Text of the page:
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I am going to describe my specific case below, but this might be useful to a number of web-mashups.

My web application POSTs to Twitter by filling a form and then submitting it (via javascript). The target of the form is set to an iframe which has an onload trigger. When the onload trigger is called the application knows that the POST was completed.

This used to work fine until Chrome version 11, which now respects the X-Frame-Options=SAMEORIGIN sent by Twitter in the POST response. The POST goes through, but the iframe's onload is not called anymore.

It still works in Firefox 4, but I suppose that's a bug that will eventually get fixed.

Is there any other way to know the status of the POST? I understand that knowing the contents of the POST response would violate the security policy, but I am not interested in the contents. I would just like the app to be notified when the POST is completed.

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Could you use AJAX for the submission instead of an iframe? Or do you not control the contents of the form itself? –  kpozin Sep 1 '11 at 19:12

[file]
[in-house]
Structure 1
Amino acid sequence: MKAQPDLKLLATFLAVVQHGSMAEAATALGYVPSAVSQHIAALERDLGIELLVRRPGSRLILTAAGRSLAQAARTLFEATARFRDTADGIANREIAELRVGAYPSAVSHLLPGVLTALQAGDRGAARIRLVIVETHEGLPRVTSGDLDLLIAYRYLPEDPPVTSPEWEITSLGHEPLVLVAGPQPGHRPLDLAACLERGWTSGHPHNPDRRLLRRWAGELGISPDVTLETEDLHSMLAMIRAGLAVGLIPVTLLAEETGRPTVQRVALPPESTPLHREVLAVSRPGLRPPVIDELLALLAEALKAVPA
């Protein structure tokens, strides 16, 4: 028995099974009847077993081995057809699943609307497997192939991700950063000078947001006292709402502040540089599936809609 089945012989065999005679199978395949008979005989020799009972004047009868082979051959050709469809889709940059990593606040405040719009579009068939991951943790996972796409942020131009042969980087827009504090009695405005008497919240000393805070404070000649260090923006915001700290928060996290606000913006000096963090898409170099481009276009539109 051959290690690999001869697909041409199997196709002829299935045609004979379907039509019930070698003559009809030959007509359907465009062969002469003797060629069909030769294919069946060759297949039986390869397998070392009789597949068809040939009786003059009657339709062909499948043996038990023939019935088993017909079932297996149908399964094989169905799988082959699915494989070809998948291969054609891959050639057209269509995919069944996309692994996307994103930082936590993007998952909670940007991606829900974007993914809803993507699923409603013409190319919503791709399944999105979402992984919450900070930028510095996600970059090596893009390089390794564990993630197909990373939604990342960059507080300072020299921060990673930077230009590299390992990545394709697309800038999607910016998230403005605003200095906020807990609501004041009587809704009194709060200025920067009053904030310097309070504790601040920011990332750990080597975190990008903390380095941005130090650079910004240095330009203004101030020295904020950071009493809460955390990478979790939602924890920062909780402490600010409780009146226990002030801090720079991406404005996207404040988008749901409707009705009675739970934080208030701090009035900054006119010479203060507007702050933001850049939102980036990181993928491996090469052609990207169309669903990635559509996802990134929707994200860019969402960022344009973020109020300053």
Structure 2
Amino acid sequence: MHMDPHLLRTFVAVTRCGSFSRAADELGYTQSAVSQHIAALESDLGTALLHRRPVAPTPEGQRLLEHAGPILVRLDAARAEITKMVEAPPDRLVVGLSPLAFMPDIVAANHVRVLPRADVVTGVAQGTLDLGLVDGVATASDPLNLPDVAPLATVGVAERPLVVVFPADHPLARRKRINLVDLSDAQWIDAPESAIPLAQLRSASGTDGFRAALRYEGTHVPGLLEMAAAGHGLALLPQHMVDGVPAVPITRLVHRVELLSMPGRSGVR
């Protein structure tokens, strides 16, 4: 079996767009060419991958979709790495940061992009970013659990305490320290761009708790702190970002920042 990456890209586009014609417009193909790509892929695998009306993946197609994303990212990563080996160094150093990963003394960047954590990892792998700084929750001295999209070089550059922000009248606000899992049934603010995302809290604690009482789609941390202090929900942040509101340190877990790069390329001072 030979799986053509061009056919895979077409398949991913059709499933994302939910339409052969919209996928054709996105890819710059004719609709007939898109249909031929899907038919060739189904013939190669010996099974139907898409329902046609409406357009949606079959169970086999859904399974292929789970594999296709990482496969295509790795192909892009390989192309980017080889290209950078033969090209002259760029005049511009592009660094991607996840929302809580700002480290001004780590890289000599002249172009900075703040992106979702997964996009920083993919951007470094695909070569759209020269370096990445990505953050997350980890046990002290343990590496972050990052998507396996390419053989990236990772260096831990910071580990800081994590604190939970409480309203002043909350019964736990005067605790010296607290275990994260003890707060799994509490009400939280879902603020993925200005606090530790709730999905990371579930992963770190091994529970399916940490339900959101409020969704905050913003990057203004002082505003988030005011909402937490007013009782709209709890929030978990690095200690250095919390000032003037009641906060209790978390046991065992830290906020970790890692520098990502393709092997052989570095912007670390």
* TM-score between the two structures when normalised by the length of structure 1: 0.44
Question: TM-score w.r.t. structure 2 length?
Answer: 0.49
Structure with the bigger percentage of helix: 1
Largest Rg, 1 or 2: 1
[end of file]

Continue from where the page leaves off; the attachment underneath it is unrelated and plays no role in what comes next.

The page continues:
@kpozon This is a cross-domain request, not possible without an iframe –  HRJ Sep 4 '11 at 3:45
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2 Answers

up vote 1 down vote accepted

If you just need to know when the POST was submitted, and not necessarily whether it succeeded or not, you could poll the iframe's contentWindow and contentWindow.document on an interval. When you can no longer access one of those objects, or when the document has an empty body, that means that the iframe has loaded a page with X-Frame-Options restrictions, which likely means that the submission went through. It's hacky, but it looks like it will work for this purpose. (You'll probably have to go through a few combinations to figure out what the contents of restricted iframes look like in your target browsers.)

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Will try this, but like you said, it is hacky. Thanks! –  HRJ Sep 7 '11 at 5:43
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You can do it by getting the headers of the page. In php it will be looks like,

$url = 'http://www.google.com';
print_r(get_headers($url));

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I am looking for browser side solutions. Cross-domain restrictions usually don't apply on the server side. –  HRJ Dec 14 '11 at 20:02
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